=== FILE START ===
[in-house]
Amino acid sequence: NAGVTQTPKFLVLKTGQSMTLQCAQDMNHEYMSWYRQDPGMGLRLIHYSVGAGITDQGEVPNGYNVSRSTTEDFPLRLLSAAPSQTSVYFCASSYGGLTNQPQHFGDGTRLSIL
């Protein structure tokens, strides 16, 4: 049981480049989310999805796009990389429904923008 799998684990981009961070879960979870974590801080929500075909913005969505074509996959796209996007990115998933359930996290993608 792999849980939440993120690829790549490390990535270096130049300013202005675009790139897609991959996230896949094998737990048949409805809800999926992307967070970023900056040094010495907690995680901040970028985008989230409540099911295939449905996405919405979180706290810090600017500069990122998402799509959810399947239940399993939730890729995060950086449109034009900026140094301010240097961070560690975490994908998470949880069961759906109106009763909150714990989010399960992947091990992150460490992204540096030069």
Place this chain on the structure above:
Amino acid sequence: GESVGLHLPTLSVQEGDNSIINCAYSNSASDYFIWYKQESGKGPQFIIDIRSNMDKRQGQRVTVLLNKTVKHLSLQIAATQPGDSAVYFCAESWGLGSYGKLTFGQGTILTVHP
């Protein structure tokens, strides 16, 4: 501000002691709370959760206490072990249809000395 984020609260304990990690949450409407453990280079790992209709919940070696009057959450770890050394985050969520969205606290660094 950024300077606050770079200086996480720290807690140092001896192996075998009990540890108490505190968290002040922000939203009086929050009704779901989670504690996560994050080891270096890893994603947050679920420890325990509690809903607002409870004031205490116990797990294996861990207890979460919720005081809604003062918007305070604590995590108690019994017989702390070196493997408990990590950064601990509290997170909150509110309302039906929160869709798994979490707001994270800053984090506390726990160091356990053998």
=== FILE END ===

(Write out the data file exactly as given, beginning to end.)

[in-house]
Amino acid sequence: NAGVTQTPKFLVLKTGQSMTLQCAQDMNHEYMSWYRQDPGMGLRLIHYSVGAGITDQGEVPNGYNVSRSTTEDFPLRLLSAAPSQTSVYFCASSYGGLTNQPQHFGDGTRLSIL
């Protein structure tokens, strides 16, 4: 049981480049989310999805796009990389429904923008 799998684990981009961070879960979870974590801080929500075909913005969505074509996959796209996007990115998933359930996290993608 792999849980939440993120690829790549490390990535270096130049300013202005675009790139897609991959996230896949094998737990048949409805809800999926992307967070970023900056040094010495907690995680901040970028985008989230409540099911295939449905996405919405979180706290810090600017500069990122998402799509959810399947239940399993939730890729995060950086449109034009900026140094301010240097961070560690975490994908998470949880069961759906109106009763909150714990989010399960992947091990992150460490992204540096030069």
Place this chain on the structure above:
Amino acid sequence: GESVGLHLPTLSVQEGDNSIINCAYSNSASDYFIWYKQESGKGPQFIIDIRSNMDKRQGQRVTVLLNKTVKHLSLQIAATQPGDSAVYFCAESWGLGSYGKLTFGQGTILTVHP
């Protein structure tokens, strides 16, 4: 501000002691709370959760206490072990249809000395 984020609260304990990690949450409407453990280079790992209709919940070696009057959450770890050394985050969520969205606290660094 950024300077606050770079200086996480720290807690140092001896192996075998009990540890108490505190968290002040922000939203009086929050009704779901989670504690996560994050080891270096890893994603947050679920420890325990509690809903607002409870004031205490116990797990294996861990207890979460919720005081809604003062918007305070604590995590108690019994017989702390070196493997408990990590950064601990509290997170909150509110309302039906929160869709798994979490707001994270800053984090506390726990160091356990053998």